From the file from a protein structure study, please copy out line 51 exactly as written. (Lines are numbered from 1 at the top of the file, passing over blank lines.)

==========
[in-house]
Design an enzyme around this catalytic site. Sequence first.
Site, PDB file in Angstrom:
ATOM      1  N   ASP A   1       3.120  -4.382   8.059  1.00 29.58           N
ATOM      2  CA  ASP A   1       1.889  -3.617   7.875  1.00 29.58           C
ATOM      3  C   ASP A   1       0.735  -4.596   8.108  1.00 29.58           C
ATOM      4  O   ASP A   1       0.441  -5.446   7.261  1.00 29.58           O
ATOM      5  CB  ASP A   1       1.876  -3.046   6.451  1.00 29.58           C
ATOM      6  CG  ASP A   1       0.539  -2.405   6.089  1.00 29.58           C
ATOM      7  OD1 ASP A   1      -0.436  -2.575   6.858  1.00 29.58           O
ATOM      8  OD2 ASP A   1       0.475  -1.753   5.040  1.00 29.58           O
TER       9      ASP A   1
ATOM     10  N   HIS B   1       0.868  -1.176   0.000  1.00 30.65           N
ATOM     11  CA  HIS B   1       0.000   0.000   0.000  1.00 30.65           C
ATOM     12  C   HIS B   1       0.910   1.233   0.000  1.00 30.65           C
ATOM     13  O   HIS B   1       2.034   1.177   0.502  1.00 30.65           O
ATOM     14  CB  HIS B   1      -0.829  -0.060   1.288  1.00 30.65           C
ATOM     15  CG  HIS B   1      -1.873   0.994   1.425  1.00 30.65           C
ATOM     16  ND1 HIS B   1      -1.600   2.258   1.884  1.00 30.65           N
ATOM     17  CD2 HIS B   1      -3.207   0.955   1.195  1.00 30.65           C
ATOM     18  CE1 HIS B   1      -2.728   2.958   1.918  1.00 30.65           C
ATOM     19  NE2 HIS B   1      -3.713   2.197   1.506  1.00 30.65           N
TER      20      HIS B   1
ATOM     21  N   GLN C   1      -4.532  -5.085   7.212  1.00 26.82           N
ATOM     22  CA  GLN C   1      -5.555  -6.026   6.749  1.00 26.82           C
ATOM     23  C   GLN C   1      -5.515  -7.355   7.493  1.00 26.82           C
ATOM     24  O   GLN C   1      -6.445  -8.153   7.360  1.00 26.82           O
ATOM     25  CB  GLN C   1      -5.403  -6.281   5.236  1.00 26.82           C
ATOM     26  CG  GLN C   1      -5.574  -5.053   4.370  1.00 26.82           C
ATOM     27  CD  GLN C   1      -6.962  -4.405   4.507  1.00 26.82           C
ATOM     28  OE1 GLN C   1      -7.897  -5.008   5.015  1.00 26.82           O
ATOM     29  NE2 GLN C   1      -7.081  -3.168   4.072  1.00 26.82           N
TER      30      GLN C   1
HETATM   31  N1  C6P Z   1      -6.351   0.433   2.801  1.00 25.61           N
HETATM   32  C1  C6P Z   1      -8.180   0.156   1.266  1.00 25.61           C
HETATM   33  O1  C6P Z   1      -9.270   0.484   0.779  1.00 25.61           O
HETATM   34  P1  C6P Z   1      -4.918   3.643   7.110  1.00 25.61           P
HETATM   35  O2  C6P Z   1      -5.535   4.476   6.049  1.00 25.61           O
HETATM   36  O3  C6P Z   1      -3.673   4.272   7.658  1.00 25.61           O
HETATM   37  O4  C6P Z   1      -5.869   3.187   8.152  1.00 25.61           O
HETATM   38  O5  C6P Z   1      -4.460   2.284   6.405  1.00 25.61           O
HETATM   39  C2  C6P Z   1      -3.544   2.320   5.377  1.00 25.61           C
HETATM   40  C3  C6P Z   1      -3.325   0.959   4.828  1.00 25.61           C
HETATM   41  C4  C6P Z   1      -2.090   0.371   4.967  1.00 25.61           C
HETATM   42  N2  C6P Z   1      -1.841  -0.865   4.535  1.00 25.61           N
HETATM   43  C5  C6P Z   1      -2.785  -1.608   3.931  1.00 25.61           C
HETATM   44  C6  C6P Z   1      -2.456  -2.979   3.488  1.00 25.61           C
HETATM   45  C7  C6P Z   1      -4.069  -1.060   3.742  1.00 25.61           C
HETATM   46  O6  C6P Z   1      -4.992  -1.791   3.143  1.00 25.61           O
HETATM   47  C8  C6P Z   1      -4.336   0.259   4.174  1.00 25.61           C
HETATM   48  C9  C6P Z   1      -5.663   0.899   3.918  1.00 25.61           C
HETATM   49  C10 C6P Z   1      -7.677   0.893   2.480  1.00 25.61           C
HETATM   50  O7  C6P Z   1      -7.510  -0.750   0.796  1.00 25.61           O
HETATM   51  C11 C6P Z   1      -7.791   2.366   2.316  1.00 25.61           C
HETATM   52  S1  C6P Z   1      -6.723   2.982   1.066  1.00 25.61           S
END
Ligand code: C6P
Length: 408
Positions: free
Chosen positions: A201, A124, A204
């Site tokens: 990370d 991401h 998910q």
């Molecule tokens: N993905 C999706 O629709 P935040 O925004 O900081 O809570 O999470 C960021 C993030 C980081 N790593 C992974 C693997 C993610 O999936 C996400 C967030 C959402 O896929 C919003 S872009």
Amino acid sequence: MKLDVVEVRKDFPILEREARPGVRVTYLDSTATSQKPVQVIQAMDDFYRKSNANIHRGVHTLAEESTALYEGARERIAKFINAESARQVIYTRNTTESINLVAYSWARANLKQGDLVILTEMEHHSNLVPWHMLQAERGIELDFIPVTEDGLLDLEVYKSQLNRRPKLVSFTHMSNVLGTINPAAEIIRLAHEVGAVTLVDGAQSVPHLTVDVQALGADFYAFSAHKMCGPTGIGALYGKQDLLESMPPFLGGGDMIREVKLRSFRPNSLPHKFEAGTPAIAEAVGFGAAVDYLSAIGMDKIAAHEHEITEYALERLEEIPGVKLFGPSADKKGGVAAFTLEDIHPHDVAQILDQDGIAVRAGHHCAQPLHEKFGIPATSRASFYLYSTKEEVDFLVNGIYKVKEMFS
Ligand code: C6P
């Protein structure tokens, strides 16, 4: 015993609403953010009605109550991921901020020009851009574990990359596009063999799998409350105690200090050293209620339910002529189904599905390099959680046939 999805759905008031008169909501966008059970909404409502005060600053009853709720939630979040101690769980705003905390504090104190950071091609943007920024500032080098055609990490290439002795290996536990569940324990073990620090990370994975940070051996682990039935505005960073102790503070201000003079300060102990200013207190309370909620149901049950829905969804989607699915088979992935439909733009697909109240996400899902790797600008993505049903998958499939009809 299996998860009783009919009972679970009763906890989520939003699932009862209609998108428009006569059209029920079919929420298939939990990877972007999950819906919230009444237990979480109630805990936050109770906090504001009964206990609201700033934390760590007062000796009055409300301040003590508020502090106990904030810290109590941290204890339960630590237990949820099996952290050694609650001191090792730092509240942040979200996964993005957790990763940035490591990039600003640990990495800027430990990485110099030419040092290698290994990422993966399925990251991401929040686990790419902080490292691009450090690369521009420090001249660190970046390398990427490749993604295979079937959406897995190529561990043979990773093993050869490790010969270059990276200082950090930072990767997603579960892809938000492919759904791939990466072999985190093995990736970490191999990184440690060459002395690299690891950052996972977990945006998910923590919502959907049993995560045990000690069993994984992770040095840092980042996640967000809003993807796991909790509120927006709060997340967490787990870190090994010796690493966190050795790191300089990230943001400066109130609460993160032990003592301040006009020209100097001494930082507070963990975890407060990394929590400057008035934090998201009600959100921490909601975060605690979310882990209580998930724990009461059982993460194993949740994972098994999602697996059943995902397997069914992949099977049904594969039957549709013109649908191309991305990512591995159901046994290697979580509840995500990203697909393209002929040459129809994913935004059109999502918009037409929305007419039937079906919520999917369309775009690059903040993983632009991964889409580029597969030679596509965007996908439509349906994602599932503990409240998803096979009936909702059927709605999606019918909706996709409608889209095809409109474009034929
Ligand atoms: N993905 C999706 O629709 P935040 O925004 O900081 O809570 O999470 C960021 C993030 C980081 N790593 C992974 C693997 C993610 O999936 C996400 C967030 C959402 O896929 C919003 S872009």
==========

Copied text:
HETATM   48  C9  C6P Z   1      -5.663   0.899   3.918  1.00 25.61           C